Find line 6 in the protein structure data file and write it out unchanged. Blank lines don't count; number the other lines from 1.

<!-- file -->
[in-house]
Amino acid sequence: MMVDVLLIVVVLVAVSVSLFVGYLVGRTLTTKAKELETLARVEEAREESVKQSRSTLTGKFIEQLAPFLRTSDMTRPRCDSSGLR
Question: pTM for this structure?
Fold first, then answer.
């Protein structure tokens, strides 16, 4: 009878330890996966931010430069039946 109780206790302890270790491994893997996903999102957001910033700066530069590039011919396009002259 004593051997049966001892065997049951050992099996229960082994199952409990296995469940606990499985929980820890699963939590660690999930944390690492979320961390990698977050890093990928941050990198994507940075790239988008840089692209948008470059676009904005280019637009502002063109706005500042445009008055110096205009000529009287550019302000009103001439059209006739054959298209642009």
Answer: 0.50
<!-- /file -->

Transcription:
Answer: 0.50